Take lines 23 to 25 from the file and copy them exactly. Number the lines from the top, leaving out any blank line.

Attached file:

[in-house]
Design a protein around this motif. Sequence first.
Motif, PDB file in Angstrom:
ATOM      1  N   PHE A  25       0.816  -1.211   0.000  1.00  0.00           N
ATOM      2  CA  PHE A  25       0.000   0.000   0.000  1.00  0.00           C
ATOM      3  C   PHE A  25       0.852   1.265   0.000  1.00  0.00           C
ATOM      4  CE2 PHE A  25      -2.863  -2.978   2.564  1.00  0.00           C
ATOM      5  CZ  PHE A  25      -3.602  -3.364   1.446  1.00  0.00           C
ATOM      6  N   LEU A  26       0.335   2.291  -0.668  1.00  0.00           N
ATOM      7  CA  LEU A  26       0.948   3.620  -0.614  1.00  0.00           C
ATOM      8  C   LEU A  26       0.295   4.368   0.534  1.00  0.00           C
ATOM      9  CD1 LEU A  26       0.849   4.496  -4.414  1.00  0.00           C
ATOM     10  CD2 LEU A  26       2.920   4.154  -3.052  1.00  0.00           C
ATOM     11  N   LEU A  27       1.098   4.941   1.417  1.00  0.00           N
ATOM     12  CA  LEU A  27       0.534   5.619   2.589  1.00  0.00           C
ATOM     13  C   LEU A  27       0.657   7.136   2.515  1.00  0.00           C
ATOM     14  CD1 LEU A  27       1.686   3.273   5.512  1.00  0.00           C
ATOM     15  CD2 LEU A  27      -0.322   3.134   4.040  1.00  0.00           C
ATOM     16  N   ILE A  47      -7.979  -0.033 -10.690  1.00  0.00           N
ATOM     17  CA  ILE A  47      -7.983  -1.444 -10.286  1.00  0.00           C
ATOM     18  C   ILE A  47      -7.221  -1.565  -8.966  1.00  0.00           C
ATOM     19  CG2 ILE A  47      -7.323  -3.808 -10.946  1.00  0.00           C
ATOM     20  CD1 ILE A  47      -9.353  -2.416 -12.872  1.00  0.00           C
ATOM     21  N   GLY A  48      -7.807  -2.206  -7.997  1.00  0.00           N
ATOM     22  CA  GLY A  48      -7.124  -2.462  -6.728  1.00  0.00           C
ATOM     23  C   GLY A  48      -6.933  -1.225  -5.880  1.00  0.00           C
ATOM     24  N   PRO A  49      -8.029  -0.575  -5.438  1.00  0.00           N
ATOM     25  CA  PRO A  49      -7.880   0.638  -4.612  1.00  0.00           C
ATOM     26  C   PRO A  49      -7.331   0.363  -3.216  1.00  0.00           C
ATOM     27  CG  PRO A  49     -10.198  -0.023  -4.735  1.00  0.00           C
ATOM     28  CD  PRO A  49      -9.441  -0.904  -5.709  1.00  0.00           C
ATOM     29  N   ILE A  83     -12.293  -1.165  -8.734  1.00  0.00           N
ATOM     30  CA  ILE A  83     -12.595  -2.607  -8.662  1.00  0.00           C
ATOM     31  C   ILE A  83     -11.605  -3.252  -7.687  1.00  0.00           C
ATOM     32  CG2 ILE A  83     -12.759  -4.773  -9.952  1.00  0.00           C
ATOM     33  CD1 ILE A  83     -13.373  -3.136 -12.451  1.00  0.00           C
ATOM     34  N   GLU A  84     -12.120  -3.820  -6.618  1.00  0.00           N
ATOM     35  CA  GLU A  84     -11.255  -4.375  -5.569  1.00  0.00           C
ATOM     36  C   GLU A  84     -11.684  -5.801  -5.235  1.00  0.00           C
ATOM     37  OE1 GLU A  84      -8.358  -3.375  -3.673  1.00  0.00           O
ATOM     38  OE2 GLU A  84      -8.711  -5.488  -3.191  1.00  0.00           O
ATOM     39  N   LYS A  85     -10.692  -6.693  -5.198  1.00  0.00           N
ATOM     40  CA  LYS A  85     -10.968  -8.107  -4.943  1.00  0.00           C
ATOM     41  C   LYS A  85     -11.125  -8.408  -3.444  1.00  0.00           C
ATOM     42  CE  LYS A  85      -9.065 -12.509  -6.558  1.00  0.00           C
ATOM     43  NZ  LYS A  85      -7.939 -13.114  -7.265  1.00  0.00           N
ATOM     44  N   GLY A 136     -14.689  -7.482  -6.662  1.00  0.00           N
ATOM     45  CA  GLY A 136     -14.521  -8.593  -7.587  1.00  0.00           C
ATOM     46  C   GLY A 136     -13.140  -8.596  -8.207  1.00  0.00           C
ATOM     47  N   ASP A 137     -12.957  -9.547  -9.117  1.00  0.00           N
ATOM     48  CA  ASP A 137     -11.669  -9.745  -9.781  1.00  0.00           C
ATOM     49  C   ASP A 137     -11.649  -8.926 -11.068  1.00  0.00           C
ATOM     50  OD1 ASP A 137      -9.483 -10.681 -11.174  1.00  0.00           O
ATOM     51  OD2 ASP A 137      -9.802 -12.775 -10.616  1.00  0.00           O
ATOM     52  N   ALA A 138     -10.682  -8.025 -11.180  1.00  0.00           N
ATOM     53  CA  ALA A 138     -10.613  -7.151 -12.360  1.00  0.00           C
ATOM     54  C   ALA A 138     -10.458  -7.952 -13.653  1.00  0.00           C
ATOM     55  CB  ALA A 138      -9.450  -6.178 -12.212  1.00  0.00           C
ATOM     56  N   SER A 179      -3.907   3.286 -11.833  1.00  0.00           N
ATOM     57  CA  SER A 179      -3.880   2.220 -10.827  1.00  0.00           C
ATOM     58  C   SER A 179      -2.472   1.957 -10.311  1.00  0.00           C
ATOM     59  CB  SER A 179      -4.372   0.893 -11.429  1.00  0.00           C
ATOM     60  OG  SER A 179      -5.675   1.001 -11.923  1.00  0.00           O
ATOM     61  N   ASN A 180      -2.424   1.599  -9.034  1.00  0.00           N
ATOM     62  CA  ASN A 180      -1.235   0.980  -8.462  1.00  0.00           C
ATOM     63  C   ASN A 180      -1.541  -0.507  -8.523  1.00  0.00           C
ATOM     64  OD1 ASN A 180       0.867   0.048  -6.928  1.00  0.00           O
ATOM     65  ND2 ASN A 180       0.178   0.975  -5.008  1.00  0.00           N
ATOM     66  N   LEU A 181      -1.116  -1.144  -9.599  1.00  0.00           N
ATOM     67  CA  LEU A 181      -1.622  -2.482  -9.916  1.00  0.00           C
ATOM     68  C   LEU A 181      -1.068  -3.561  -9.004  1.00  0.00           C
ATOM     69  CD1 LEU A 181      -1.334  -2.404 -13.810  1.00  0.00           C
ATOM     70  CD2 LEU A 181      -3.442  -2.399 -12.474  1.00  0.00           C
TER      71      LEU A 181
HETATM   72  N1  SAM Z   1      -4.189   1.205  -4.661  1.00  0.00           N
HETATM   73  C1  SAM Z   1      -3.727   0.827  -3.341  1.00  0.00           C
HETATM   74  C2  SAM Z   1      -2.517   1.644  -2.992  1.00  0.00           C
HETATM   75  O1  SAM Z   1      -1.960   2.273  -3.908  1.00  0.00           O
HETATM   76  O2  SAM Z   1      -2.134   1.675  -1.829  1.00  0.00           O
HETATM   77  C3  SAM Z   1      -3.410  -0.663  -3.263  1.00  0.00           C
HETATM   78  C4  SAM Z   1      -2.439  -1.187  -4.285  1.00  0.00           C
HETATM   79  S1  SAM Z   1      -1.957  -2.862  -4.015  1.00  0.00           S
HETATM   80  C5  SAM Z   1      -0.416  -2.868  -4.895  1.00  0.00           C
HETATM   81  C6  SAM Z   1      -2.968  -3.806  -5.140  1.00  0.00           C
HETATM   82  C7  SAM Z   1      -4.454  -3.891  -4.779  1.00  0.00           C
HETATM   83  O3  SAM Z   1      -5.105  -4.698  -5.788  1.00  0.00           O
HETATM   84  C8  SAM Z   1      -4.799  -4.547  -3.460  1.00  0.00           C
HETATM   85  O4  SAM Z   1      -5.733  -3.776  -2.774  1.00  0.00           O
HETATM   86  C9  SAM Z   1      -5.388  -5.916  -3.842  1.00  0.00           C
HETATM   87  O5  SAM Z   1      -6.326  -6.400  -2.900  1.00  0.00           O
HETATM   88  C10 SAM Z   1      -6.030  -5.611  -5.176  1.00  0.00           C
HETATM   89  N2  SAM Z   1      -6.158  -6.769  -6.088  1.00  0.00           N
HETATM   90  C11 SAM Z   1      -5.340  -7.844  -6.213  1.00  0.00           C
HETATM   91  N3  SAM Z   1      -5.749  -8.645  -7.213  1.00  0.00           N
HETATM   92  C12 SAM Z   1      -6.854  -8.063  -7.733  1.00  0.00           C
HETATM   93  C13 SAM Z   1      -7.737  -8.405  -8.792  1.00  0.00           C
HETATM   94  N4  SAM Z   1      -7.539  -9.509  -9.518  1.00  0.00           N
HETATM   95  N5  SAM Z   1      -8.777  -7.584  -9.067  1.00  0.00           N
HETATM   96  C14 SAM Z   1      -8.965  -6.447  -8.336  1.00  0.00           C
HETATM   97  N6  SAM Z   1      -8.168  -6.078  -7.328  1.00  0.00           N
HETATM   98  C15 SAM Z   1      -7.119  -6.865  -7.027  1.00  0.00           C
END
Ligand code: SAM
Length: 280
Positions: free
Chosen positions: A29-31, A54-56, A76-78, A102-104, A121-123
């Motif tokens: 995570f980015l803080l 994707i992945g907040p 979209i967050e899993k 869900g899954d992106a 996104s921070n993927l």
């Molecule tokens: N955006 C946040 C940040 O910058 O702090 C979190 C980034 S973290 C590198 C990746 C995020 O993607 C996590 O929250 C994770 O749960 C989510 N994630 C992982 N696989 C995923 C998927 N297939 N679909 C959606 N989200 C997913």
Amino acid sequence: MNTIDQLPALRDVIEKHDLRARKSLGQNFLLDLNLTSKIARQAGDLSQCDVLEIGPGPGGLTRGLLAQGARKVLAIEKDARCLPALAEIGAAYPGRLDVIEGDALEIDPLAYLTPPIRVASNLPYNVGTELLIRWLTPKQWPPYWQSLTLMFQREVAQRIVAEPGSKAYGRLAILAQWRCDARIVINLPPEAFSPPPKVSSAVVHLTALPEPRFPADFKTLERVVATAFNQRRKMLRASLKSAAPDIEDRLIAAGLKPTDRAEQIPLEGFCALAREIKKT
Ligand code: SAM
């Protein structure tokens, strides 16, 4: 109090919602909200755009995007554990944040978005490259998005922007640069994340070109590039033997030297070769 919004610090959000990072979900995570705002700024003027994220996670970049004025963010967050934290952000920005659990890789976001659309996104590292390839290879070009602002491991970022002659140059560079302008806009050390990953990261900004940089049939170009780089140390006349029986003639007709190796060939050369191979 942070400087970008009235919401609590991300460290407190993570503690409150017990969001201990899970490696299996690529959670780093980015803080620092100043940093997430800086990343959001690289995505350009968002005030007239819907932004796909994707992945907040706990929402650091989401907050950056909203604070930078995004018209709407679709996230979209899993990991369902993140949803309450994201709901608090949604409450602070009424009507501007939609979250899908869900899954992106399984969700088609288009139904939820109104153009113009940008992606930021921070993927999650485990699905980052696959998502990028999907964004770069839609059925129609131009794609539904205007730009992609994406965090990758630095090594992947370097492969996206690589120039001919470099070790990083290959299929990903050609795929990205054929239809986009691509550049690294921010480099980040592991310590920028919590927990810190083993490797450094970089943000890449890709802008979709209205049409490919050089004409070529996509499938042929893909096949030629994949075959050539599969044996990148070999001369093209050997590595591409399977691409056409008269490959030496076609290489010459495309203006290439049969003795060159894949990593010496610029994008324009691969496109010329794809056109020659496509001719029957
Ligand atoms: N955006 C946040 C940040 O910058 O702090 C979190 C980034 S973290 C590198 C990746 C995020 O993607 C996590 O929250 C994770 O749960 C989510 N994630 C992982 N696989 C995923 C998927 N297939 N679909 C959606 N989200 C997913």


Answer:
ATOM     20  CD1 ILE A  47      -9.353  -2.416 -12.872  1.00  0.00           C
ATOM     21  N   GLY A  48      -7.807  -2.206  -7.997  1.00  0.00           N
ATOM     22  CA  GLY A  48      -7.124  -2.462  -6.728  1.00  0.00           C